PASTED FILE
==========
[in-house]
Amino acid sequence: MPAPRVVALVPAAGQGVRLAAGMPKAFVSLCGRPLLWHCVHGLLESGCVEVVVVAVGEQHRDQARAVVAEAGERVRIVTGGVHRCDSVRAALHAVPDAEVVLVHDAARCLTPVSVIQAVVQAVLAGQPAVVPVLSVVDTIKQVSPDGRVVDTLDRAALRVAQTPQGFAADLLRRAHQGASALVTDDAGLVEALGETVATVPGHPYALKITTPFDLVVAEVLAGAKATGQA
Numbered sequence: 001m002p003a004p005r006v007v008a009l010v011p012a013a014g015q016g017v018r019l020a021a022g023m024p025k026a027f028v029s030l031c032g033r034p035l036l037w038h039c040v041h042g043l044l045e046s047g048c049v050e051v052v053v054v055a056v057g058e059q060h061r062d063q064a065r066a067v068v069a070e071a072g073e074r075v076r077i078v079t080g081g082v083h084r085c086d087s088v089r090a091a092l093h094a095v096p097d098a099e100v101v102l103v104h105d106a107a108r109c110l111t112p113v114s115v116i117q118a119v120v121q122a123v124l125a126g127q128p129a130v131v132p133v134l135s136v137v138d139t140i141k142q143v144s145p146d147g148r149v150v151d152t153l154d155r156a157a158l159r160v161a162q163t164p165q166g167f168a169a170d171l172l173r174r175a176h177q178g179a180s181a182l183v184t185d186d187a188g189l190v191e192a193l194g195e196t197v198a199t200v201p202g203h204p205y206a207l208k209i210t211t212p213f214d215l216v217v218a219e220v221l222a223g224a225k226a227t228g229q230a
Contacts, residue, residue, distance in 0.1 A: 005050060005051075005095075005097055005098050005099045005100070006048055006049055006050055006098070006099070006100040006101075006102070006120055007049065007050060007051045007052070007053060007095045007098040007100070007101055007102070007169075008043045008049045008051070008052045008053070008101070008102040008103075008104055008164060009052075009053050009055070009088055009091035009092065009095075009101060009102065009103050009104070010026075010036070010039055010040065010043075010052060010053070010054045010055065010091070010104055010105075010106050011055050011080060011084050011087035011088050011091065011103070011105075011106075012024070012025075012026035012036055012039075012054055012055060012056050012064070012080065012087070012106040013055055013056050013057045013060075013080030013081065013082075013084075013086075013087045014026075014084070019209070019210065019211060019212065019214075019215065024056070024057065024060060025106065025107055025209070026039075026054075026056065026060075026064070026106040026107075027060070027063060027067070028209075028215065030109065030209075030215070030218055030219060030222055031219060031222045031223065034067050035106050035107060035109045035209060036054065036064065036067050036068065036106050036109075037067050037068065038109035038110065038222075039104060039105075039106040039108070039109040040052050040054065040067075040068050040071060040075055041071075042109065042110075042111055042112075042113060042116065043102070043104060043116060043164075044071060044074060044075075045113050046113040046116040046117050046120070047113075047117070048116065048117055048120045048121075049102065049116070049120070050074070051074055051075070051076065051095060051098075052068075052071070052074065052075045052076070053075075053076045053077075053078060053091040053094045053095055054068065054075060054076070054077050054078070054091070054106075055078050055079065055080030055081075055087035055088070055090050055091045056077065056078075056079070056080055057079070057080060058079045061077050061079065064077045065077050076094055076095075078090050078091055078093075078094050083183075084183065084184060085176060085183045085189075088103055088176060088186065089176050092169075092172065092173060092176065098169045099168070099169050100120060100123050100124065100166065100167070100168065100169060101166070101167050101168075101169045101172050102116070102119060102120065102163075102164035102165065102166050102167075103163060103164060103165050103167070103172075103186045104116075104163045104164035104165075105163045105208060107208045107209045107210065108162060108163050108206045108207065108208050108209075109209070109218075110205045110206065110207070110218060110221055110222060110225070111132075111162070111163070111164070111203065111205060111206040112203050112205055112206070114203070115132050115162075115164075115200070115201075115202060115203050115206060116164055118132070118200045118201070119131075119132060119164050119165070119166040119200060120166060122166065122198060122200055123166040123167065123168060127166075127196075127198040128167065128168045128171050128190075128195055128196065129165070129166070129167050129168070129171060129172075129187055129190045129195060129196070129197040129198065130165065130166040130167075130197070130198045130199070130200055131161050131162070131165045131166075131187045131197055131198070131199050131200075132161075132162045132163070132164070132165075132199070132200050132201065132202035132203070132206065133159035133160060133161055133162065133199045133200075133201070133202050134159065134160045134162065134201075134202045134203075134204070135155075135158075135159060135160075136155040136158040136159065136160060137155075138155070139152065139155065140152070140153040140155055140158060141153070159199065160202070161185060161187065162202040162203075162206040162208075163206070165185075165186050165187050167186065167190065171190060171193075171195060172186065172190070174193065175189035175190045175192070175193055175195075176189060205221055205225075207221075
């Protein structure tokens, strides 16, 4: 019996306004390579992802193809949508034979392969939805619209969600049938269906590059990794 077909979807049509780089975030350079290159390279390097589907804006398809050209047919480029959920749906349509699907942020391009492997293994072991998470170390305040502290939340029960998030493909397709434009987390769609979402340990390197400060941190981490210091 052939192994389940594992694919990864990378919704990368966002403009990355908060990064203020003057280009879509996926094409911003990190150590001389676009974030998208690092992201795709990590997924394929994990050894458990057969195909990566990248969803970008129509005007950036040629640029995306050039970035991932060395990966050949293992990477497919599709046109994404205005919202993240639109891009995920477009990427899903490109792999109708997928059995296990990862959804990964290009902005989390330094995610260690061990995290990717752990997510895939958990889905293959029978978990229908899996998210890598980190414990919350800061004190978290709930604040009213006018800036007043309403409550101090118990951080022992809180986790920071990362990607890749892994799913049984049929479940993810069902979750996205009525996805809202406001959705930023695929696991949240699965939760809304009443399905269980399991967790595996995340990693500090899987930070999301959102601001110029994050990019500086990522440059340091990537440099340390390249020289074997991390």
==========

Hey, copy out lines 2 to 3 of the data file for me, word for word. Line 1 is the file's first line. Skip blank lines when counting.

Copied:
Amino acid sequence: MPAPRVVALVPAAGQGVRLAAGMPKAFVSLCGRPLLWHCVHGLLESGCVEVVVVAVGEQHRDQARAVVAEAGERVRIVTGGVHRCDSVRAALHAVPDAEVVLVHDAARCLTPVSVIQAVVQAVLAGQPAVVPVLSVVDTIKQVSPDGRVVDTLDRAALRVAQTPQGFAADLLRRAHQGASALVTDDAGLVEALGETVATVPGHPYALKITTPFDLVVAEVLAGAKATGQA
Numbered sequence: 001m002p003a004p005r006v007v008a009l010v011p012a013a014g015q016g017v018r019l020a021a022g023m024p025k026a027f028v029s030l031c032g033r034p035l036l037w038h039c040v041h042g043l044l045e046s047g048c049v050e051v052v053v054v055a056v057g058e059q060h061r062d063q064a065r066a067v068v069a070e071a072g073e074r075v076r077i078v079t080g081g082v083h084r085c086d087s088v089r090a091a092l093h094a095v096p097d098a099e100v101v102l103v104h105d106a107a108r109c110l111t112p113v114s115v116i117q118a119v120v121q122a123v124l125a126g127q128p129a130v131v132p133v134l135s136v137v138d139t140i141k142q143v144s145p146d147g148r149v150v151d152t153l154d155r156a157a158l159r160v161a162q163t164p165q166g167f168a169a170d171l172l173r174r175a176h177q178g179a180s181a182l183v184t185d186d187a188g189l190v191e192a193l194g195e196t197v198a199t200v201p202g203h204p205y206a207l208k209i210t211t212p213f214d215l216v217v218a219e220v221l222a223g224a225k226a227t228g229q230a